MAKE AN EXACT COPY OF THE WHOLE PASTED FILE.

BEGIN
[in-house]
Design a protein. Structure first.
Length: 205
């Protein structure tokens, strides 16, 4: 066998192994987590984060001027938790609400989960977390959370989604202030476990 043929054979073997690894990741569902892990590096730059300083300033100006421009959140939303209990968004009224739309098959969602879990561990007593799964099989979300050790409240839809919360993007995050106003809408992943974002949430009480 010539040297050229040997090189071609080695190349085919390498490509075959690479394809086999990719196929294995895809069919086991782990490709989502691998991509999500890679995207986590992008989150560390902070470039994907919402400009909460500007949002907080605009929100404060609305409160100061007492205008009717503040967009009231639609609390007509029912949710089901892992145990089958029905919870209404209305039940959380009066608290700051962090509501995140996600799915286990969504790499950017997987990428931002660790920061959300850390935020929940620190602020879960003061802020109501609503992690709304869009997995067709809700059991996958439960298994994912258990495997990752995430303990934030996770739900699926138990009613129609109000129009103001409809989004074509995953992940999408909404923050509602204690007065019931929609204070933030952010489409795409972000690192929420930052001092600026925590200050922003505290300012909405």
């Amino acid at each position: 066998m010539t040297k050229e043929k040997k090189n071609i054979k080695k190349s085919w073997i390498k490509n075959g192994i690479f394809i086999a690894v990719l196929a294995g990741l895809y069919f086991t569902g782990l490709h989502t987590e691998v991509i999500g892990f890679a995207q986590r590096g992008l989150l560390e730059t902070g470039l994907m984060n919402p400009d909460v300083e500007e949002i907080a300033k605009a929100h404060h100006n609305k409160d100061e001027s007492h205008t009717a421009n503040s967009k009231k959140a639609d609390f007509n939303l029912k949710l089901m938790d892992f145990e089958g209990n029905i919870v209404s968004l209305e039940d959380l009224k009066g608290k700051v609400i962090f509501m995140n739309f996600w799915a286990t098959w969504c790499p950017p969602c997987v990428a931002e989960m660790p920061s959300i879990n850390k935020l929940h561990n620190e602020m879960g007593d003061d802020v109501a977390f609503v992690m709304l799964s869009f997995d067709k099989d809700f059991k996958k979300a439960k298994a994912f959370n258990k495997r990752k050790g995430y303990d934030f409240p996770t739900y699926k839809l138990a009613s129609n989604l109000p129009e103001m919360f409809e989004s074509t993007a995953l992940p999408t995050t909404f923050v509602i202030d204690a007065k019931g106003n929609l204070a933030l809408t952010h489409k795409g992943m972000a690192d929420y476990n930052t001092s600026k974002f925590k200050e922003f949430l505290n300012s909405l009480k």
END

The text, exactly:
[in-house]
Design a protein. Structure first.
Length: 205
């Protein structure tokens, strides 16, 4: 066998192994987590984060001027938790609400989960977390959370989604202030476990 043929054979073997690894990741569902892990590096730059300083300033100006421009959140939303209990968004009224739309098959969602879990561990007593799964099989979300050790409240839809919360993007995050106003809408992943974002949430009480 010539040297050229040997090189071609080695190349085919390498490509075959690479394809086999990719196929294995895809069919086991782990490709989502691998991509999500890679995207986590992008989150560390902070470039994907919402400009909460500007949002907080605009929100404060609305409160100061007492205008009717503040967009009231639609609390007509029912949710089901892992145990089958029905919870209404209305039940959380009066608290700051962090509501995140996600799915286990969504790499950017997987990428931002660790920061959300850390935020929940620190602020879960003061802020109501609503992690709304869009997995067709809700059991996958439960298994994912258990495997990752995430303990934030996770739900699926138990009613129609109000129009103001409809989004074509995953992940999408909404923050509602204690007065019931929609204070933030952010489409795409972000690192929420930052001092600026925590200050922003505290300012909405």
């Amino acid at each position: 066998m010539t040297k050229e043929k040997k090189n071609i054979k080695k190349s085919w073997i390498k490509n075959g192994i690479f394809i086999a690894v990719l196929a294995g990741l895809y069919f086991t569902g782990l490709h989502t987590e691998v991509i999500g892990f890679a995207q986590r590096g992008l989150l560390e730059t902070g470039l994907m984060n919402p400009d909460v300083e500007e949002i907080a300033k605009a929100h404060h100006n609305k409160d100061e001027s007492h205008t009717a421009n503040s967009k009231k959140a639609d609390f007509n939303l029912k949710l089901m938790d892992f145990e089958g209990n029905i919870v209404s968004l209305e039940d959380l009224k009066g608290k700051v609400i962090f509501m995140n739309f996600w799915a286990t098959w969504c790499p950017p969602c997987v990428a931002e989960m660790p920061s959300i879990n850390k935020l929940h561990n620190e602020m879960g007593d003061d802020v109501a977390f609503v992690m709304l799964s869009f997995d067709k099989d809700f059991k996958k979300a439960k298994a994912f959370n258990k495997r990752k050790g995430y303990d934030f409240p996770t739900y699926k839809l138990a009613s129609n989604l109000p129009e103001m919360f409809e989004s074509t993007a995953l992940p999408t995050t909404f923050v509602i202030d204690a007065k019931g106003n929609l204070a933030l809408t952010h489409k795409g992943m972000a690192d929420y476990n930052t001092s600026k974002f925590k200050e922003f949430l505290n300012s909405l009480k």